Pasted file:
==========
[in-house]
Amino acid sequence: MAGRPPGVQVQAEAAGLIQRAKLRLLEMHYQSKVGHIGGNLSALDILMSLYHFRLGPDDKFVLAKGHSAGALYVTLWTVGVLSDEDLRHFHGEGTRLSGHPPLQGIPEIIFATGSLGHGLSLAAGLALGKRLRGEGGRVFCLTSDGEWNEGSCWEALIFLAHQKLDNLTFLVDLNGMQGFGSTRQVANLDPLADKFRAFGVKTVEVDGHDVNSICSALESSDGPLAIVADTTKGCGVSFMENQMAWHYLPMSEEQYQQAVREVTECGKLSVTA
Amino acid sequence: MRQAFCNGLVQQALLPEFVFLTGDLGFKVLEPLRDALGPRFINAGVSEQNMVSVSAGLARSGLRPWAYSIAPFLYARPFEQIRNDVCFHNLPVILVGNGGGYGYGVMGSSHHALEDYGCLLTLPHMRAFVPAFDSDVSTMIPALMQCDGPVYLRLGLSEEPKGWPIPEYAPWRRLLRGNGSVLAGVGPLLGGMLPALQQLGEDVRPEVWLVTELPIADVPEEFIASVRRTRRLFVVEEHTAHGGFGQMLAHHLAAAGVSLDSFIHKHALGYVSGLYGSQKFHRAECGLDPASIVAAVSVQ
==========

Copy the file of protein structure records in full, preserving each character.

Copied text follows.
[in-house]
Amino acid sequence: MAGRPPGVQVQAEAAGLIQRAKLRLLEMHYQSKVGHIGGNLSALDILMSLYHFRLGPDDKFVLAKGHSAGALYVTLWTVGVLSDEDLRHFHGEGTRLSGHPPLQGIPEIIFATGSLGHGLSLAAGLALGKRLRGEGGRVFCLTSDGEWNEGSCWEALIFLAHQKLDNLTFLVDLNGMQGFGSTRQVANLDPLADKFRAFGVKTVEVDGHDVNSICSALESSDGPLAIVADTTKGCGVSFMENQMAWHYLPMSEEQYQQAVREVTECGKLSVTA
Amino acid sequence: MRQAFCNGLVQQALLPEFVFLTGDLGFKVLEPLRDALGPRFINAGVSEQNMVSVSAGLARSGLRPWAYSIAPFLYARPFEQIRNDVCFHNLPVILVGNGGGYGYGVMGSSHHALEDYGCLLTLPHMRAFVPAFDSDVSTMIPALMQCDGPVYLRLGLSEEPKGWPIPEYAPWRRLLRGNGSVLAGVGPLLGGMLPALQQLGEDVRPEVWLVTELPIADVPEEFIASVRRTRRLFVVEEHTAHGGFGQMLAHHLAAAGVSLDSFIHKHALGYVSGLYGSQKFHRAECGLDPASIVAAVSVQ